Had a few issues with the Bandsaw when it arrived, brand new but there were bits missing, bits not connected properly & marks on the table. To be honest I thought it must have been a Friday afternoon machine.
Could it be the blade not sitting right & would it be worth trying a different blade?
 

Ttrees

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My message disappeared after trying to upload more than one picture, check the top wheel whether adjustment is possible i.e in and out, or left and right.
Plumblines, sufficiently long level, or lasers may have to be used to do so.

Check the alignment with the heaviest suitable blade you have under tension.
Parallel co planar wheels is easier to check
Take note of 4 jacking bolts location,
If going near bottom wheel, you can damage motor bearings in 5 seconds
if misaligned with pulley.
Make sure drive belt is LOOSE, and no blade installed before checking under power.
Misaligned lower wheel plus tight belt equals broken motor bearings.
I made a video on that, as the only other video is from grizzly and it leaves out a few things.

One could ask how it runs under power without blade ...any vibration?

Top wheel parallel check.JPG

Lower wheel parallel check.JPG

SAM_4595.JPG
 
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Ttrees

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An old griggio 600mm wheels, thats been a proper pita.
It has taught me a few lessons.
Still have to find out the top wheel issues after eliminating other factors,

Has a wide blade been used on this machine before I wonder.
Not heard of anyone mentioning the difference between similar width blades before, so to me suggests something has moved.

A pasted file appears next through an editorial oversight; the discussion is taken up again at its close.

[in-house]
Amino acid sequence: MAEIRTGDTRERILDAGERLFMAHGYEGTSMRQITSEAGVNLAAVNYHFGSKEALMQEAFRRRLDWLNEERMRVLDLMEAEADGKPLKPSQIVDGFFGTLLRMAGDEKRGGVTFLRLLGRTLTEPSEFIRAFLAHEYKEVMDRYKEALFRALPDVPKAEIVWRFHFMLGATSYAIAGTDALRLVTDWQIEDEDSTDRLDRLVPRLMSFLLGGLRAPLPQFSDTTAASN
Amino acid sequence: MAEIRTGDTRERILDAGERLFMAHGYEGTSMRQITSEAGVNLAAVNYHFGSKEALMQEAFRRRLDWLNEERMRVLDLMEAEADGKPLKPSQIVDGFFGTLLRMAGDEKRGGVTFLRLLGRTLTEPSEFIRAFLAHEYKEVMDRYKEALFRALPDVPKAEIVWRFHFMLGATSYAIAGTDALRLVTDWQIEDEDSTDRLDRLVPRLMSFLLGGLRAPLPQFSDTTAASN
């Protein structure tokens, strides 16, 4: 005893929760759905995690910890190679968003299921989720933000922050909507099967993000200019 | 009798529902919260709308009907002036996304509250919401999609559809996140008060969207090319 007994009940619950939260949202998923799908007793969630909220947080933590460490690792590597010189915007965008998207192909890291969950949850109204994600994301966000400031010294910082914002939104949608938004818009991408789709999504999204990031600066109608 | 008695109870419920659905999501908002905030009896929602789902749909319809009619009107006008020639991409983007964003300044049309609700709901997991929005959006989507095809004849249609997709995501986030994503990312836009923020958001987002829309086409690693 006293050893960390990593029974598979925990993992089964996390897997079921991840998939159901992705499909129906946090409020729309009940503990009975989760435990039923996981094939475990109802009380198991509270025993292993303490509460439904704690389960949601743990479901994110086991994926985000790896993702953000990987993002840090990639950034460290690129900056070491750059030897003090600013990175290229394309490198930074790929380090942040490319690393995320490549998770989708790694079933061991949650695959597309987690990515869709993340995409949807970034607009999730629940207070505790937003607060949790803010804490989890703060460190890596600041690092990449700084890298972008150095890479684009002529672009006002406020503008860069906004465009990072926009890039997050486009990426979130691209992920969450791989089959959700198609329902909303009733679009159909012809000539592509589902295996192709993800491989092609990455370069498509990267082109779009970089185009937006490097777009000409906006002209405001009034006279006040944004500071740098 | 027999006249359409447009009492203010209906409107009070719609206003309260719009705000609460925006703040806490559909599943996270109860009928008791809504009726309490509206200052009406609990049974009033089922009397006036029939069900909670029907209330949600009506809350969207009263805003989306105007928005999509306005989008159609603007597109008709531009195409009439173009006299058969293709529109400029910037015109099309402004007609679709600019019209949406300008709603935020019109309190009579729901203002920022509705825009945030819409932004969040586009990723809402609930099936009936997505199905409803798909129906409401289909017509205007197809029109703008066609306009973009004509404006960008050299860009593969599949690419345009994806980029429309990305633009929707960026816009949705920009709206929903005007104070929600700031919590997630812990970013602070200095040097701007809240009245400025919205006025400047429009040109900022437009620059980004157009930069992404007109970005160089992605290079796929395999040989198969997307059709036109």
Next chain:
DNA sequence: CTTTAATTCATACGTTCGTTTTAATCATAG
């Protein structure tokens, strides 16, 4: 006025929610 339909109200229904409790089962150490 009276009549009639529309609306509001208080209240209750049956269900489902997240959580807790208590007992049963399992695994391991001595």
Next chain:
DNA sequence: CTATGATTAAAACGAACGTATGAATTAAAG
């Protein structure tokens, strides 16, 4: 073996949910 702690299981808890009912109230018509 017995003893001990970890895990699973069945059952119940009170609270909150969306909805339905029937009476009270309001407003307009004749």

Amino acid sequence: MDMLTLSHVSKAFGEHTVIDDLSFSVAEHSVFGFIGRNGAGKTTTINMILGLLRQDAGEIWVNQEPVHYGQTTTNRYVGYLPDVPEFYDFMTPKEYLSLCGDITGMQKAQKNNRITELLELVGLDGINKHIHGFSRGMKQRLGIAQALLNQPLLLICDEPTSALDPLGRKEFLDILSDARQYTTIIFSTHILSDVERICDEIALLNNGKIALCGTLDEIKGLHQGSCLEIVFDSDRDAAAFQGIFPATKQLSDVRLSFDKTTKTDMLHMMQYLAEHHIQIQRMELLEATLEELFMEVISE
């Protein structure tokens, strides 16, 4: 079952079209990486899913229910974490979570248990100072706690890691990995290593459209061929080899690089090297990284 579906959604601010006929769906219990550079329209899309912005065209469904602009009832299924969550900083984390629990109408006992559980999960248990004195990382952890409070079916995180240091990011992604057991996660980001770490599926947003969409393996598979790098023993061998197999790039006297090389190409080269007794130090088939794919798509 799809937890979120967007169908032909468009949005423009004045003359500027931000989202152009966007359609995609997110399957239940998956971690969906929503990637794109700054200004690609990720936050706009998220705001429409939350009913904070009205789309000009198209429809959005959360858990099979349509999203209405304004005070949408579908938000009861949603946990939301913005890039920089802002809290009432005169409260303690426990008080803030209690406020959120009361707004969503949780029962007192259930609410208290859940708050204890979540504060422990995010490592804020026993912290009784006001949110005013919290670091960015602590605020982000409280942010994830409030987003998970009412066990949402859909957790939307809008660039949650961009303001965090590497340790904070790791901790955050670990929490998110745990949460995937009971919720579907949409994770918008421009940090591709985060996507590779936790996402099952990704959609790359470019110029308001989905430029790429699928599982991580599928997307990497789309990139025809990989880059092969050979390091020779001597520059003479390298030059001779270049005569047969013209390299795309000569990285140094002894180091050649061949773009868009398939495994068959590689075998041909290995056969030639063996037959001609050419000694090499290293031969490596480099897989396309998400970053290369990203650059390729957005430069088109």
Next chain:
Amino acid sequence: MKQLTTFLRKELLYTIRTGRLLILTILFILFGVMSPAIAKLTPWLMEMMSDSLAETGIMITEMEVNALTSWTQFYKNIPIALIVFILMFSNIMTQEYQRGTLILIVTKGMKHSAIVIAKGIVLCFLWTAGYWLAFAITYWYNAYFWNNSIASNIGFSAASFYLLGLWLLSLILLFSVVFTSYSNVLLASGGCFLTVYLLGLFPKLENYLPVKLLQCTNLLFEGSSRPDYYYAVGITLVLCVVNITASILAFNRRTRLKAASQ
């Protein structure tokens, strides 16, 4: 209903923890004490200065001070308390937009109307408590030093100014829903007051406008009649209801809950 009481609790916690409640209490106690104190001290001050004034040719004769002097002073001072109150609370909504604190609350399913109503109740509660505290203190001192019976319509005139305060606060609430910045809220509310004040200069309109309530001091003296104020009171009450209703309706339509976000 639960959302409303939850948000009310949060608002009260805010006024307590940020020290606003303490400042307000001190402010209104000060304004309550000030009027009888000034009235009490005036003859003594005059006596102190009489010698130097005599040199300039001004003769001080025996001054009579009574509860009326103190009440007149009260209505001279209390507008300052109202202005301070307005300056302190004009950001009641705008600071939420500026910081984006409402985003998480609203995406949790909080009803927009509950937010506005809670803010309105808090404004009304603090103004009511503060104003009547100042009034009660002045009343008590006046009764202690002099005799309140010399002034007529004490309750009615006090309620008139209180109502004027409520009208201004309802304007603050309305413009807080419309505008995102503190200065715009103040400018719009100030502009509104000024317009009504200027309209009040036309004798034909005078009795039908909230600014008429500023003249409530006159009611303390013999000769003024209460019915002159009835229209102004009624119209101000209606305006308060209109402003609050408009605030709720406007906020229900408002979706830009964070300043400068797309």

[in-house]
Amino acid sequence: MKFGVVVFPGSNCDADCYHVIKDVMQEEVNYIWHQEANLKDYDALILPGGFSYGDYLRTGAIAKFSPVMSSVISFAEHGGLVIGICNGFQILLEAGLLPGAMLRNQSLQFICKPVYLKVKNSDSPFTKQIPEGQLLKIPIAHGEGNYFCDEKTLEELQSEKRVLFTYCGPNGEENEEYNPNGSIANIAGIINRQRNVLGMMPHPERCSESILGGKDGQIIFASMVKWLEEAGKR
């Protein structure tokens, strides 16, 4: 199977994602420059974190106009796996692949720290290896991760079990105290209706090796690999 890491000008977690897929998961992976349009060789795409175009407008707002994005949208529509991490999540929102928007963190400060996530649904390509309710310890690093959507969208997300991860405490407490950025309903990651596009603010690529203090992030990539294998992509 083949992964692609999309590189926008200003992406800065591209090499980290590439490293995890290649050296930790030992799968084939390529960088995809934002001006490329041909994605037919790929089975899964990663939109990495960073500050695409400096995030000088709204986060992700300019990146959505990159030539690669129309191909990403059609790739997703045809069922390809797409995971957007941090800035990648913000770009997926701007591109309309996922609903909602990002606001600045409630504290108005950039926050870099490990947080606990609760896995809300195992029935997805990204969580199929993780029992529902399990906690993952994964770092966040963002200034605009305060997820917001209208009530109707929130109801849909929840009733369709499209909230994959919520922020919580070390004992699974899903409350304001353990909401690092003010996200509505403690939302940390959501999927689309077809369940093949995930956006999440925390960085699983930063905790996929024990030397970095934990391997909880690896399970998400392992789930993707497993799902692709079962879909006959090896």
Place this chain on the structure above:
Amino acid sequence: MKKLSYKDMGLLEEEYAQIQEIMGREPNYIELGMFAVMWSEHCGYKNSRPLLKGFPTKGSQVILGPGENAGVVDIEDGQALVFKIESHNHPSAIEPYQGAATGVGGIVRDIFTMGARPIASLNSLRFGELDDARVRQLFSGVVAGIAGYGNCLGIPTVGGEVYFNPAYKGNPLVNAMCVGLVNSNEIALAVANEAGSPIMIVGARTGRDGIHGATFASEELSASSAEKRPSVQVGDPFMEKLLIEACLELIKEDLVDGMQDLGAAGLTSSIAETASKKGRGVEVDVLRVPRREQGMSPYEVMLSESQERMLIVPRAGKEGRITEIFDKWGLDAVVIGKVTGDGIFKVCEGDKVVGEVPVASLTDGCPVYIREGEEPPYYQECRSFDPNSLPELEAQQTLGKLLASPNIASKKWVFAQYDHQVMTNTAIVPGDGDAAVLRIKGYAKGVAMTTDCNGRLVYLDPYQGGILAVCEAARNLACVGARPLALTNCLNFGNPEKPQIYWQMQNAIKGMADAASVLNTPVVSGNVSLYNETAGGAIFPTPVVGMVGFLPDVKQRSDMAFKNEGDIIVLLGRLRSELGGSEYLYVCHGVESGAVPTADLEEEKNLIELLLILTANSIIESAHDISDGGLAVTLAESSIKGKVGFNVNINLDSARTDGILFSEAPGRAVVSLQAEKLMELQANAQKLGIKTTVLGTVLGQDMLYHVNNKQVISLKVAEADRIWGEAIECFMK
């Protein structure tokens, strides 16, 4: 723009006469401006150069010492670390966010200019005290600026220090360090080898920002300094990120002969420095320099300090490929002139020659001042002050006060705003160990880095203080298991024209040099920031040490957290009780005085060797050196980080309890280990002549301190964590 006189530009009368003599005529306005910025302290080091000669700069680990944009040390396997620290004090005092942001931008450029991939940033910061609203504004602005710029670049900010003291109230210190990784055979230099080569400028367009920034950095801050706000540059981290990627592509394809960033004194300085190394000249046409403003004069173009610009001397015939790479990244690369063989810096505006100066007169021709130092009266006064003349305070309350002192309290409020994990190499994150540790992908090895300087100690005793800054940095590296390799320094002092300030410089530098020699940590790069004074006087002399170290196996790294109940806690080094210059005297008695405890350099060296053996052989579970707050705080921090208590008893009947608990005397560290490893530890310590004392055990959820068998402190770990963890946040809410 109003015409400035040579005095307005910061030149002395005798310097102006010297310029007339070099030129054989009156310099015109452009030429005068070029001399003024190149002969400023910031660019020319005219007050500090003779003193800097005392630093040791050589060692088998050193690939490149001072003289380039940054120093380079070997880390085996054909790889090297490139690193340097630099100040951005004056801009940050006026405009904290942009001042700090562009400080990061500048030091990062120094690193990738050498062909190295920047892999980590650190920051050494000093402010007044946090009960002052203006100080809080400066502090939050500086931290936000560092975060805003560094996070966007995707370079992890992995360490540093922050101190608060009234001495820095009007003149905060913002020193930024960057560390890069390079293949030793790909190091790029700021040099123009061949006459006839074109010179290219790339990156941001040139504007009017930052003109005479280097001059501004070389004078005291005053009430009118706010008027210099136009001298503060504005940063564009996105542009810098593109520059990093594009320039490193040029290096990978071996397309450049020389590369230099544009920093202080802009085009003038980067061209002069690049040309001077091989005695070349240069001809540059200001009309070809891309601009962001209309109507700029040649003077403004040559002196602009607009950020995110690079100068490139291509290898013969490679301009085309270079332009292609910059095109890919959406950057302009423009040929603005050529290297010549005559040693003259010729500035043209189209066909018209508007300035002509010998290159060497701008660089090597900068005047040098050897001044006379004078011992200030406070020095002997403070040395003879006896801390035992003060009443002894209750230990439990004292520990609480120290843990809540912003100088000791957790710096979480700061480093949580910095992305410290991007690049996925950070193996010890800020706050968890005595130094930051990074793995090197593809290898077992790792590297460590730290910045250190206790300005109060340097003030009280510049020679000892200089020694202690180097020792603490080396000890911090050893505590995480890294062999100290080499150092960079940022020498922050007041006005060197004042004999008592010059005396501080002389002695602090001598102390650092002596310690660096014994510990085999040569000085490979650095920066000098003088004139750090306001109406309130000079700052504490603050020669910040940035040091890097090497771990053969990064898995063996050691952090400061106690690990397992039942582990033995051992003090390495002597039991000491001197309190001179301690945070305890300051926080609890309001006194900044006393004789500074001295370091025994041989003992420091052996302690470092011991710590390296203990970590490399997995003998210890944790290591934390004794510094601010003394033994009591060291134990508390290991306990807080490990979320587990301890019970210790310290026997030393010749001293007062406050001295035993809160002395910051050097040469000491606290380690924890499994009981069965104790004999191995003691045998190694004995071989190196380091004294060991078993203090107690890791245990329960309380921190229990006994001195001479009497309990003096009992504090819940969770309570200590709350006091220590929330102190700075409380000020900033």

On the other hand it could be a worn bearing or other top wheel movement
Caused by misalignment,
I'll be looking into this in the next day or so myself, so will get my post updated in a week.
 

martin.pearson

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An old griggio 600mm wheels, thats been a proper pita.
It has taught me a few lessons.
Still have to find out the top wheel issues after eliminating other factors,

Has a wide blade been used on this machine before I wonder.
Not heard of anyone mentioning the difference between similar width blades before, so to me suggests something has moved.

On the other hand it could be a worn bearing or other top wheel movement
Caused by misalignment,
I'll be looking into this in the next day or so myself, so will get my post updated in a week.

I realise you are talking about your own machine but how would using a wide blade make a difference? My machine will take a blade up to 32mm according to the manual, I have never had a blade wider than 19mm on it but have had thinner blades on it, in fact before I moved it there was a 3/8" blade on it & now I have put a 19mm blade on.
Surely if you had a worn bearing then you would have had some indication of that already especially with a wheel that sort of size
 

Ttrees

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From what I can make out, ...
On my machine (which has flat tires)
a narrow width blade will run without any trouble, but a wider blade especially if it's of thin gauge will be troublesome,
And a heavier gauge wider blade will run better and make drift adjustment , which if you like to keep the mitre slot parallel and adjust trunnion bolts instead very apparent.

Can't say for sure if the thicker guage blade will work here on crowned tires,. But I would definitely think worth a shot should one be thinking of filing slots.
Would have saved me doing so anyway.

Not suggesting you go wider, that sounds the honest comfortable limit of blade width to me,
Just reckoning the thicker gauge will likely have more set.
Probably will just hide the real cause though, and should you want to use the thinner gauge 19mm blade you have now, then it's worth inspecting the machine.

Can't be much more at play,
Whether the tires are positioned on the wheels the same or could one have moved, making the crown uneven could be another factor.

Should the machine not sit well no matter what you do,
I'd certainly be leveling the machine up, and checking everything, if the machine happens to be a bit wobbly/tippy